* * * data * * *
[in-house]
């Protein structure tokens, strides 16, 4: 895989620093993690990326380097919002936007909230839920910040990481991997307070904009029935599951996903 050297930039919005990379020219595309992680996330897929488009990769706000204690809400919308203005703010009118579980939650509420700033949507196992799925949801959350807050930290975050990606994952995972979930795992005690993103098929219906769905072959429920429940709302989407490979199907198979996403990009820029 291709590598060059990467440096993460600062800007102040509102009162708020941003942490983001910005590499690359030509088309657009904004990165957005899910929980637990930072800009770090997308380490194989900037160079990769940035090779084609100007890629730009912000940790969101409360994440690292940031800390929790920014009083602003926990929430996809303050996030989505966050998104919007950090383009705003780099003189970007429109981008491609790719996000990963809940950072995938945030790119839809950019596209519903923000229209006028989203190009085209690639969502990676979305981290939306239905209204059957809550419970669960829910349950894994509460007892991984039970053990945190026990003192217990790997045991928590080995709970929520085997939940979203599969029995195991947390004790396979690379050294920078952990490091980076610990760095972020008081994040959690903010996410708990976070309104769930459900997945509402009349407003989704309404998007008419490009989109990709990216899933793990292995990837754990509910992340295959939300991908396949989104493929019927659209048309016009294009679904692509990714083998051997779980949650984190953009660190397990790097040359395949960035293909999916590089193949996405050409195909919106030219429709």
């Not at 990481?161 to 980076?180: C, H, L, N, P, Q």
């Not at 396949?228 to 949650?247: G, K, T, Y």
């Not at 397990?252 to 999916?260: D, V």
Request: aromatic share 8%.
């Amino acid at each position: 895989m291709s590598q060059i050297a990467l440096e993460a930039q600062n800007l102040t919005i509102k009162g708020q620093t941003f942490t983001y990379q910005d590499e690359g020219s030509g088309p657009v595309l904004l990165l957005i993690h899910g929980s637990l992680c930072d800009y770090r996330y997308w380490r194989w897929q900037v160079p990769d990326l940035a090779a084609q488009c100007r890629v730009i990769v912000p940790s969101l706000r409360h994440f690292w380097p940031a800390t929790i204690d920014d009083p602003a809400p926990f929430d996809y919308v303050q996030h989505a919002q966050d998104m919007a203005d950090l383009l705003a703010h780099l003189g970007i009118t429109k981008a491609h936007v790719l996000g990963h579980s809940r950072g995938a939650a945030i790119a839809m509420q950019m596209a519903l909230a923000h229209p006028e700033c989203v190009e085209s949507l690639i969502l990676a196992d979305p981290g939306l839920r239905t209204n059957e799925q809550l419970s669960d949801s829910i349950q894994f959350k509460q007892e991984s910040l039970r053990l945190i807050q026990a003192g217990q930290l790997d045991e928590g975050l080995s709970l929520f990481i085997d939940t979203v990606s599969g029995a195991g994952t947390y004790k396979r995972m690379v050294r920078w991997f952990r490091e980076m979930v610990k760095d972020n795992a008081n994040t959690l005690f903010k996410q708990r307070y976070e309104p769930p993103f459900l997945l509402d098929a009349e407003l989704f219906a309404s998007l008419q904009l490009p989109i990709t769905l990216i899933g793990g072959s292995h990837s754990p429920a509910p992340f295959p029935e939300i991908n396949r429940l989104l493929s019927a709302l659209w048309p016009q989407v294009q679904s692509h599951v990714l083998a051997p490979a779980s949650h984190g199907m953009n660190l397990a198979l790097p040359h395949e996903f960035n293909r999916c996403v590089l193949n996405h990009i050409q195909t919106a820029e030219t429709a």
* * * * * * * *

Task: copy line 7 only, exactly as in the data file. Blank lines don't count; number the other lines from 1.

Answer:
């Amino acid at each position: 895989m291709s590598q060059i050297a990467l440096e993460a930039q600062n800007l102040t919005i509102k009162g708020q620093t941003f942490t983001y990379q910005d590499e690359g020219s030509g088309p657009v595309l904004l990165l957005i993690h899910g929980s637990l992680c930072d800009y770090r996330y997308w380490r194989w897929q900037v160079p990769d990326l940035a090779a084609q488009c100007r890629v730009i990769v912000p940790s969101l706000r409360h994440f690292w380097p940031a800390t929790i204690d920014d009083p602003a809400p926990f929430d996809y919308v303050q996030h989505a919002q966050d998104m919007a203005d950090l383009l705003a703010h780099l003189g970007i009118t429109k981008a491609h936007v790719l996000g990963h579980s809940r950072g995938a939650a945030i790119a839809m509420q950019m596209a519903l909230a923000h229209p006028e700033c989203v190009e085209s949507l690639i969502l990676a196992d979305p981290g939306l839920r239905t209204n059957e799925q809550l419970s669960d949801s829910i349950q894994f959350k509460q007892e991984s910040l039970r053990l945190i807050q026990a003192g217990q930290l790997d045991e928590g975050l080995s709970l929520f990481i085997d939940t979203v990606s599969g029995a195991g994952t947390y004790k396979r995972m690379v050294r920078w991997f952990r490091e980076m979930v610990k760095d972020n795992a008081n994040t959690l005690f903010k996410q708990r307070y976070e309104p769930p993103f459900l997945l509402d098929a009349e407003l989704f219906a309404s998007l008419q904009l490009p989109i990709t769905l990216i899933g793990g072959s292995h990837s754990p429920a509910p992340f295959p029935e939300i991908n396949r429940l989104l493929s019927a709302l659209w048309p016009q989407v294009q679904s692509h599951v990714l083998a051997p490979a779980s949650h984190g199907m953009n660190l397990a198979l790097p040359h395949e996903f960035n293909r999916c996403v590089l193949n996405h990009i050409q195909t919106a820029e030219t429709a």